Royal families have long been obsessed with keeping illegitimate children secret. Inevitably, however, many supposed children of kings and queens have come forward over the centuries, many claiming to be the ‘long-lost children’ of monarchs and, as such, the rightful heirs to power, wealth and even whole kingdoms. One of the most fascinating cases from English royal history is that of Mary Baynton, a seemingly ordinary woman who, in 1533, announced that she was in fact Princess Mary, the daughter of Henry VIII.
Despite the fact much research has been done into this curious affair, relatively little is known about Mary Baynton. What is known is that she was the daughter of Thomas Baynton, a relatively wealthy and well-connected man based in the town of Bridlington, Yorkshire. And it’s also known that, at the age of just 18, Mary turned up in the town of Boston, Lincolnshire, and loudly proclaimed herself to be Princess Mary, the only child of Henry VIII’s and his first wife Katherine of Aragon. What motivated her, nobody can say for sure. However, this was a turbulent time in England and, given all the chaos and uncertainly, it seems that at least a few people were taken in by the young lady’s claims.
Mary made her claims to be Princess Mary in September of 1533, almost around the same time that the real Princess Mary was declared illegitimate and thus removed from the line of succession. Henry’s second wife, Anne Boleyn, had given birth to a new baby, Princess Elizabeth, and so Mary was out in the cold. Indeed, the real Mary was living in relative exile, a long way from Boston, Lincolnshire. It was this political turbulence that allowed Mary’s claims to be believed, albeit for only a short while. She bemoaned the way her father, Henry, had left her destitute and, according to some accounts, some people gave her money and some even pledged to support her in her fight to be recognized as a legitimate heir to the throne. In fact, there’s even evidence to suggest some of her most loyal (or gullible) supporters offered to pay for her to sail to Spain to win the support of the Spanish king.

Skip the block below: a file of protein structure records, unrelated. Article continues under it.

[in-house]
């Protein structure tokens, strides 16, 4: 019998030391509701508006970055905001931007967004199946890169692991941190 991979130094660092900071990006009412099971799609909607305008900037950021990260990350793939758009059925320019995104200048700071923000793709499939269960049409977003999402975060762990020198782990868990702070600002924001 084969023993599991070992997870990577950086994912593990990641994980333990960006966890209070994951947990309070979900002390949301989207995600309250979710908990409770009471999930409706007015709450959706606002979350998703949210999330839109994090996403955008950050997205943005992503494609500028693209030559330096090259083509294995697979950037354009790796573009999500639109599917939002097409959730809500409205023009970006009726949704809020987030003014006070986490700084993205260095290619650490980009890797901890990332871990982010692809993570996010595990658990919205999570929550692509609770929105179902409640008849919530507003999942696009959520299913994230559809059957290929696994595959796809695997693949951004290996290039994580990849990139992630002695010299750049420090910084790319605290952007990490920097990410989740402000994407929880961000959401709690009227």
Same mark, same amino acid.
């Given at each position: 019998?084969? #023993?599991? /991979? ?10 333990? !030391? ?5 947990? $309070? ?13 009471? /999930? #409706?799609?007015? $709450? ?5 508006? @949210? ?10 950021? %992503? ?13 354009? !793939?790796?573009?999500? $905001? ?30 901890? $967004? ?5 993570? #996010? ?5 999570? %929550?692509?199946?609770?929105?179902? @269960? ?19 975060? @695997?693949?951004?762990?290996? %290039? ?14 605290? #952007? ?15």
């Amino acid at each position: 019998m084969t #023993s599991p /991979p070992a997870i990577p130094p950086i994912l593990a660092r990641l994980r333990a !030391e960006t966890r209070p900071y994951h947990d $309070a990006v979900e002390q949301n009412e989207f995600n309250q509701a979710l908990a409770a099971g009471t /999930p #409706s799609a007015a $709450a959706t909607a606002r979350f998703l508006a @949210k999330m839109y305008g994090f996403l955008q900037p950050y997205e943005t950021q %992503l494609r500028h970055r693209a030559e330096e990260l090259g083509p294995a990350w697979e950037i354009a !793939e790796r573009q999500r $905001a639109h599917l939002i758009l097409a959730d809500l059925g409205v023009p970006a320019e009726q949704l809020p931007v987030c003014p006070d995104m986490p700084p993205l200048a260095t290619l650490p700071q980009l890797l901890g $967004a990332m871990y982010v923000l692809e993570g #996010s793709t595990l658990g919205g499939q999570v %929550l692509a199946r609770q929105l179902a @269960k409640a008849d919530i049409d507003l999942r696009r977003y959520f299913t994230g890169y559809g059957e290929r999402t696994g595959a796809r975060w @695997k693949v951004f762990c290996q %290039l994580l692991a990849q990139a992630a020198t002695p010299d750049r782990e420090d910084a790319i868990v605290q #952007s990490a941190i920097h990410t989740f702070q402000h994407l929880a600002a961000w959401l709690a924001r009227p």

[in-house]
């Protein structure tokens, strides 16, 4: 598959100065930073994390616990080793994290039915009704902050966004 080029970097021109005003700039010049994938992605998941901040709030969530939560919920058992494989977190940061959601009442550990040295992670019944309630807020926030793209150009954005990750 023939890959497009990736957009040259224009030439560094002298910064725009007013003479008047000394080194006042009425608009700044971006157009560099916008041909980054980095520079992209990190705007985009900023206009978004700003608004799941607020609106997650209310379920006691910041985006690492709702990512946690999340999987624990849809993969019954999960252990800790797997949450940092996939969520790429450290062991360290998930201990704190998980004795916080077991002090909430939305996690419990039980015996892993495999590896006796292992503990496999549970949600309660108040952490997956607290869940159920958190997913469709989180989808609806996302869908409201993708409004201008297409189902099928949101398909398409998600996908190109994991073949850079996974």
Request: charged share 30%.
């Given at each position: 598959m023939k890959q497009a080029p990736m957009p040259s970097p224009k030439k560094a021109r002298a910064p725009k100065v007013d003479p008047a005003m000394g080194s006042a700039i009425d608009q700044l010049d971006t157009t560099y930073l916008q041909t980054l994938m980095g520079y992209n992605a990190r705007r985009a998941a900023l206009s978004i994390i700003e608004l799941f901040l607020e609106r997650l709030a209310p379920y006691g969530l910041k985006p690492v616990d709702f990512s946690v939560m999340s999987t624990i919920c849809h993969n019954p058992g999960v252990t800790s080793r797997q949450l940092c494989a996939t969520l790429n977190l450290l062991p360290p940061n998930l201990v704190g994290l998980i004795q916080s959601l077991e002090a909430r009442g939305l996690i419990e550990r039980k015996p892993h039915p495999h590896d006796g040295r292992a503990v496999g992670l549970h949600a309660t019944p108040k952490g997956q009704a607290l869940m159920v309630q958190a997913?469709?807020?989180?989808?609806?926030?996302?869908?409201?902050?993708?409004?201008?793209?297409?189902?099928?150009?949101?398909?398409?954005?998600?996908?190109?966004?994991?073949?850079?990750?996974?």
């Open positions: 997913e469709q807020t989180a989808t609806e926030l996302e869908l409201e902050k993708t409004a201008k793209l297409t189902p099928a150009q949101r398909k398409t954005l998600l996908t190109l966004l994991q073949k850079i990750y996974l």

Unsurprisingly, Mary’s claims got the attention of the authorities. The records show she was cross-examined by three officials (Nicholas Robson, Thomas Brown and Robert Pulvertoft) but, in the end, she was dismissed as a ‘self-deluded lunatic.’ Since Boston was a long way from the seat of power, Mary’s claims were regarded as being of no real threat to Henry and it seems she was left alone. Indeed, since the historical records show no evidence of Mary being persecuted, historians largely agree that she was left in peace and probably grew tired of her pretense and settled down to a quiet, non-eventful life in a dull corner of Tudor England.
Nevertheless, the case of Mary Baynton is widely held up as a prime example of the chaotic nature of royal succession and the question of legitimacy and illegitimacy in Tudor times. What’s more, some historians believe that, far from believing Mary’s outlandish claims, some nobles saw her as an impostor but nevertheless supported her in order to destabilize King Henry or at least show their opposition to his policy of divorcing wives. Of course, Henry survived this, and many other threats to his power, and would go on to take four more wives.